I am trying to find a formula to approximate the ideal step size for the Trapezoid and Simpson's rules. As an example, consider the finite difference formula $$g(x,h) = \frac{f(x+h)-f(x-h)}{2h}$$ where $\lim_{h \rightarrow 0} g(x,h) = f'(x)$. The truncation error is bounded by $$\epsilon_{tr} \leq \frac{h^2}{6} f'''(x) $$ When computing the value of $g$ numerically, the value we get carries some rounding error, $$\tilde{g}(x,h) = \frac{f(x+h)(1\pm \epsilon_p) - f(x-h)(1\pm \epsilon_p)}{2h}$$ where $\epsilon_p$ is the "machine precision." The total rounding error is $$\epsilon_{ro} = \left|\tilde{g}(x,h) - g(x,h)\right| = \frac{\epsilon_p}{2h}\Bigl| \pm f(x+h) \pm f(x-h)\Bigr| \leq \frac{\epsilon_p}{h}\mathrm{max} \left|f(x)\right|$$ where the max is taken in the range $[x-h,x+h]$. If $h$ is very small we can approximate $$\epsilon_{ro} \approx \frac{\epsilon_p}{h}\left|f(x)\right|$$

Truncation error decreases as $h$ decreases while roundoff error increases as $h$ decreases. Finding the approximate value at which the two are of the same order of magnitude, we have $$\frac{\epsilon_p}{h_c}\left|f(x)\right| = \frac{h_c^2}{6} \left|f'''(x)\right|$$ or $$h_c \sim \left| \frac{6 \epsilon_p f(x)}{f'''(x)} \right|^{1/3}$$

(note: I'm not sure about the factor 6, as I have seen this quoted as a factor 3. I think this might be important, as we have two roundoff errors and they are as likely to combine as they are to cancel. See for example here)

Now I want to do something similar for the Trapezoidal and Simpson's rules. For the trapezoidal rule I have $$I_t(N) = \frac{h}{2}\left[f_0 + 2\sum_{j=1}^{N-1} f_j + f_{N}\right]$$ where the integration range is $[a,b]$, $f_n = f(x_n)$ and $x_n = a + (b-a)n/N$, and $h = (b-a)/N$. The truncation error is given by $$\epsilon_{tr} \leq \frac{h^2}{12}\left|f'(b) - f'(a)\right|$$ I find the roundoff error to be $$\epsilon_{ro} =\left|I_t(N) - \tilde{I}_t(N)\right| \sim \epsilon_p h \left|\sum_{j=0}^N (\pm f_j)\right|$$ Now I'm not really sure what to do, I could say that $$\epsilon_{ro} \leq \epsilon_p h \left|\sum_{j=0}^N \left|f_j\right| \right| < N \epsilon_p h \,\mathrm{max}\left|f(x)\right|$$ but this seems like a gross overestimation, in light of the point about the errors cancelling each other out. This would lead me to $$N_c \sim \sqrt{\frac{(b-a)}{12 \epsilon_p} \frac{f'(b) - f'(a)}{\mathrm{max}\left|f(x)\right|}}$$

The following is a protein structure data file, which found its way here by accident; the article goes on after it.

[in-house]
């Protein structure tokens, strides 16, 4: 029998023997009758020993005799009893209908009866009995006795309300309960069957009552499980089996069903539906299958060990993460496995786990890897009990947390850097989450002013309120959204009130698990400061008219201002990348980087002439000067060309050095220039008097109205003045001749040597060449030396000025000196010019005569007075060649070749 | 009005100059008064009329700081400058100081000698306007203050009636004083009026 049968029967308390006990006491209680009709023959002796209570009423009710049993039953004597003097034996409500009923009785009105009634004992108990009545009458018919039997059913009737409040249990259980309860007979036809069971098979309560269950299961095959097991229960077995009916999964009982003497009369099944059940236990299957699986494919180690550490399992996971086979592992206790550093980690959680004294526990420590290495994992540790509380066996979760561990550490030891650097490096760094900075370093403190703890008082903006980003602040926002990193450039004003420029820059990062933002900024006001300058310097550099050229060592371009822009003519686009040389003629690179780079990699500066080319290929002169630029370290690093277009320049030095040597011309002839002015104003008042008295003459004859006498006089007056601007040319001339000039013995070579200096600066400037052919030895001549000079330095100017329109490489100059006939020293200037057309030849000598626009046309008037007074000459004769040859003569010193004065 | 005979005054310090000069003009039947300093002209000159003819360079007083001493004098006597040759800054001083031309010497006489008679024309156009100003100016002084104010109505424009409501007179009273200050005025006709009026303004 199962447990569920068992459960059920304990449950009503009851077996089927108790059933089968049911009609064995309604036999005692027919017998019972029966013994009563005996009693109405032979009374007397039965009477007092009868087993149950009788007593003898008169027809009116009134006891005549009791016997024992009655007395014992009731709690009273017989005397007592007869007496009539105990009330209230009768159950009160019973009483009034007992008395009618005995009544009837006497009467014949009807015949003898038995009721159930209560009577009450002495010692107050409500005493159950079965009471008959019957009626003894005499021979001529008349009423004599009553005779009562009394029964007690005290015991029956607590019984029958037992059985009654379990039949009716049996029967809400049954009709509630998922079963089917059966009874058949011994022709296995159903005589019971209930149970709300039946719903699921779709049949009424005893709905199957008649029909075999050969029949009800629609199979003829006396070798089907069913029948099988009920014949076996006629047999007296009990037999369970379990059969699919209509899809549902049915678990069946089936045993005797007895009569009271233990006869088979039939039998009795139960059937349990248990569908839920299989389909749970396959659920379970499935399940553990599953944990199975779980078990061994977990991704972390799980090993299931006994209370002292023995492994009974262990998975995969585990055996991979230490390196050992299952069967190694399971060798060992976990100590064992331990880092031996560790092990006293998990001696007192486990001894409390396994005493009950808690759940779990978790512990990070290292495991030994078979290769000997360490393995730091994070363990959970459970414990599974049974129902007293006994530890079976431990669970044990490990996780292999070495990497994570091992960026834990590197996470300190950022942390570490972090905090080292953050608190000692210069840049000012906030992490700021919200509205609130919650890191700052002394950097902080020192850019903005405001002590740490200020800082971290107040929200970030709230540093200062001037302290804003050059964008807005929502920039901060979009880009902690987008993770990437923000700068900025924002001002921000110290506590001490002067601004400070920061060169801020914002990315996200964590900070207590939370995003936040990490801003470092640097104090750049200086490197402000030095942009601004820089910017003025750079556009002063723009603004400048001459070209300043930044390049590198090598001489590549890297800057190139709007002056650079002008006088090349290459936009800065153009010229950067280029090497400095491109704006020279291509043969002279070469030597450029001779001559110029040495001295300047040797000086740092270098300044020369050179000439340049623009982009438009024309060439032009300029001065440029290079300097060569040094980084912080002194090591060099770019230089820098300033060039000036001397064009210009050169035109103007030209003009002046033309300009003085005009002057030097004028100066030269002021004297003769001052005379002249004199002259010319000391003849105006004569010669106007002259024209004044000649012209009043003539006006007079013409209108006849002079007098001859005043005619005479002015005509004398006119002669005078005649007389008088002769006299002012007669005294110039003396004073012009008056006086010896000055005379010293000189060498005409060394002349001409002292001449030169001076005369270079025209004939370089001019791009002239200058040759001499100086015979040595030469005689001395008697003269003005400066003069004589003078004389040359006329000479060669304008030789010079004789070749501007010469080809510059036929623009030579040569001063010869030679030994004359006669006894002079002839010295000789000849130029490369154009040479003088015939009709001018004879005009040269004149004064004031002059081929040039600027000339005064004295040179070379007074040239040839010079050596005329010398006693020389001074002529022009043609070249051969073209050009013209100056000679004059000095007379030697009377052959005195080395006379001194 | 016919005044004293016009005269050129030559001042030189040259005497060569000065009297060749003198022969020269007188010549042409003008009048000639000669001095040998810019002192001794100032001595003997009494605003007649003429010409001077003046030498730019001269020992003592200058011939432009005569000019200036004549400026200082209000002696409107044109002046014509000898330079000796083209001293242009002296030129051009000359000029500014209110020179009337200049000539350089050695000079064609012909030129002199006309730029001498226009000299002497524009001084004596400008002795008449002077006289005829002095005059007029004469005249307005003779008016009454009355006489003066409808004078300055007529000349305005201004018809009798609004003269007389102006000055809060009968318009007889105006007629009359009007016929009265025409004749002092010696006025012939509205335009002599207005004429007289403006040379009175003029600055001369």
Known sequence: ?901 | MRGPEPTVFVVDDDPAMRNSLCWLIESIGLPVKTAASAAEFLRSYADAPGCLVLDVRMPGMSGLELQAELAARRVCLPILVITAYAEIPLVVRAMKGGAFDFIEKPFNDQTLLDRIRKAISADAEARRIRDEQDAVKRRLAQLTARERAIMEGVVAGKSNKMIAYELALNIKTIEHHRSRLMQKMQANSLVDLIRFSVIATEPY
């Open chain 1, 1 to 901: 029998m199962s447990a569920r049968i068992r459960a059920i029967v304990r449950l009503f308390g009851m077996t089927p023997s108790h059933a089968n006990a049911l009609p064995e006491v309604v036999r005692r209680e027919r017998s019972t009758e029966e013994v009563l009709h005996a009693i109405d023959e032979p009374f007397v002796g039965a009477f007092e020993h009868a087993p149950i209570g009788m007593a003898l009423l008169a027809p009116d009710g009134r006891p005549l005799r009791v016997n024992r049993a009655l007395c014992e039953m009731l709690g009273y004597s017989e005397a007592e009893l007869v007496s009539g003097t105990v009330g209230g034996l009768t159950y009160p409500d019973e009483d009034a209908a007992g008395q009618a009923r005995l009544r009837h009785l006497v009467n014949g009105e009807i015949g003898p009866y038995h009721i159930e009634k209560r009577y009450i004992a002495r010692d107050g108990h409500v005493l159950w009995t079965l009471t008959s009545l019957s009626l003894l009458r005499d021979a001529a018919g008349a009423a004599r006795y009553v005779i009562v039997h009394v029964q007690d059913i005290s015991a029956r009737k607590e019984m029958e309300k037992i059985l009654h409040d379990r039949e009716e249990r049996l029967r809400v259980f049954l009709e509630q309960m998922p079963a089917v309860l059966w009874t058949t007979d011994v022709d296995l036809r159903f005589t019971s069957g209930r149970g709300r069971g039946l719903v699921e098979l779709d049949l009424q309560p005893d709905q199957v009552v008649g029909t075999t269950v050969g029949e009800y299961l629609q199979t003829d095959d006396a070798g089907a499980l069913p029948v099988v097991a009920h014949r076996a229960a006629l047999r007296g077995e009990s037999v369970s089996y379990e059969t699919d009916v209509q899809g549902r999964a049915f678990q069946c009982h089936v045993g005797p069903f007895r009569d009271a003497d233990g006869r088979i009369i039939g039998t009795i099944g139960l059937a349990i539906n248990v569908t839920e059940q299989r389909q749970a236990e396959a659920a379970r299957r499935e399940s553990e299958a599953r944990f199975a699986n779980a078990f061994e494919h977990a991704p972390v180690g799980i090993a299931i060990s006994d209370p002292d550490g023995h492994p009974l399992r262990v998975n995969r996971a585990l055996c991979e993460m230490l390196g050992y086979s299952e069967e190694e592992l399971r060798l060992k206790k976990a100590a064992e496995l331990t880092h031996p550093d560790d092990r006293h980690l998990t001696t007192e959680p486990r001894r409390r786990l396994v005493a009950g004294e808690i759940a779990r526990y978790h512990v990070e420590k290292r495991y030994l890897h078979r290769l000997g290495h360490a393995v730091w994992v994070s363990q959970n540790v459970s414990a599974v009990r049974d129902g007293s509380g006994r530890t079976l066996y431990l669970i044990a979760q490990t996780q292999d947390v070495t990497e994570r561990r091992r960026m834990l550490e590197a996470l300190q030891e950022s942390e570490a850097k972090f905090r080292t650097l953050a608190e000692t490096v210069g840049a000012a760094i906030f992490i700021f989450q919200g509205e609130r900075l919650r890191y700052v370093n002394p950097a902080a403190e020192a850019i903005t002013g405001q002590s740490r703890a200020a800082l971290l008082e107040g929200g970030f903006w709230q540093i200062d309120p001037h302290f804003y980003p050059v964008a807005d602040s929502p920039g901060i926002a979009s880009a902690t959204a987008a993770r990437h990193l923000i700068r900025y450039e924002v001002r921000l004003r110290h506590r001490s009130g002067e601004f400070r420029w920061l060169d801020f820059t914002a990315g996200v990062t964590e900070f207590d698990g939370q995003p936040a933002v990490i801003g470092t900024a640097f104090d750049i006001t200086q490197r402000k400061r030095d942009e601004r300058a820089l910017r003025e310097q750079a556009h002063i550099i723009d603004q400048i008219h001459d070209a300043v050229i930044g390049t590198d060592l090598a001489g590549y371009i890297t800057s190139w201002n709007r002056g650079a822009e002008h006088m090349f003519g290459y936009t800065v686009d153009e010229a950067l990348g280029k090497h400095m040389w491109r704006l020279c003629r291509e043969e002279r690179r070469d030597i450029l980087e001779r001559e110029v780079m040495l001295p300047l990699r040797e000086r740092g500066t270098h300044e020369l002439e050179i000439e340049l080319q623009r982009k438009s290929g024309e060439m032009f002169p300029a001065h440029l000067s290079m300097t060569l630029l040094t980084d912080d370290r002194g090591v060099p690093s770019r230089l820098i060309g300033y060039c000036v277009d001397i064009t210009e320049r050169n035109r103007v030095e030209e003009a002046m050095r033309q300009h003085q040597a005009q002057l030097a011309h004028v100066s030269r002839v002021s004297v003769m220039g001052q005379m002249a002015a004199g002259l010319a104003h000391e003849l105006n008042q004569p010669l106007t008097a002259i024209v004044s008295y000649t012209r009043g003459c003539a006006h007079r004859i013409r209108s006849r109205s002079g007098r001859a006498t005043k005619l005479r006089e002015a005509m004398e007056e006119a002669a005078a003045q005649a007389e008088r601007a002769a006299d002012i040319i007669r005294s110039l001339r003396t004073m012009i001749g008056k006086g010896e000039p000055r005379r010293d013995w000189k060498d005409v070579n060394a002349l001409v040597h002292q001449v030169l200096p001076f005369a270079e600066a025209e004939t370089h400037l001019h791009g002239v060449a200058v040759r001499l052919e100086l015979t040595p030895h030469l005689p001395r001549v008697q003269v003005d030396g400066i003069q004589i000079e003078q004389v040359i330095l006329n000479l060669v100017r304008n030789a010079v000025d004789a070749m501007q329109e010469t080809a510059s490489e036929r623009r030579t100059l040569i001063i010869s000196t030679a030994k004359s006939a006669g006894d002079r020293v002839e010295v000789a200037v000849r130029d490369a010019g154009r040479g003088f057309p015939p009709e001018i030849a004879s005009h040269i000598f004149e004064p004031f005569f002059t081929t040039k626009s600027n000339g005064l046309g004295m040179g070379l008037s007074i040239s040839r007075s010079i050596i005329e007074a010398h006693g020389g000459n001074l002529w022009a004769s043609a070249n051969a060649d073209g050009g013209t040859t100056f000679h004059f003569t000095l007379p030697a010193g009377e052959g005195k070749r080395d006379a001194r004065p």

Any help appreciated. One thing I am thinking is estimating the roundoff error as $$\epsilon_{ro} \sim \sqrt{N} \,\epsilon_p h\, \mathrm{avg}\left|f(x)\right|$$ where the $\sqrt{N}$ comes from thinking of the roundings as being a random walk and the average of the function could be easily estimated with just a few tens of points. This would give me $$N_c \sim \left| \frac{(b-a)}{12\epsilon_p} \frac{f'(b)-f'(a)}{\mathrm{avg}\left|f(x)\right|}\right|^{2/3}$$

I'm wondering if it can be improved.


1 Answer 1


I think you are missing an essential concept: We need an optimal stepsize for numerical differentiation because the condition number of numerical differentiation is infinite. For numerical integration, the condition number depends on $f$, but (for example) if $f$ is strictly positive, the problem is well-conditioned and the condition number of the quadrature sum is 1. You can basically compute an infinite amount of time with the trapezoidal rule and the approximation just gets better until $N\epsilon \approx \left\|f\right\|_1$, and even then you can use Kahan summation and compute until the end of the lifetime of the universe, the accuracy just getting better and better. You can learn the proof of these facts by reading Higham's classic paper The Accuracy of Floating Point Summation.

  • $\begingroup$ Thanks I'll take a look. This was asked on an assignment (to derive an equation) $\endgroup$
    – Kai
    Mar 29, 2018 at 2:02
  • $\begingroup$ Went to the wiki page for Kahan summation and immediately found "In particular, simply summing $n$ numbers in sequence has a worst-case error that grows proportional to $n$, and a root mean square error that grows as $\sqrt {n}$ for random inputs (the roundoff errors form a random walk)". Glad to know I was thinking of it the right way $\endgroup$
    – Kai
    Mar 29, 2018 at 2:23
  • $\begingroup$ Yes, I think you sniffed out roughly what was going on, but just didn't have a feel for the problem (never having applied it before). $\endgroup$
    – user14717
    Mar 29, 2018 at 4:33
  • $\begingroup$ Remember: The fundamental concept is condition number. That's what you should focus on. $\endgroup$
    – user14717
    Mar 29, 2018 at 4:46

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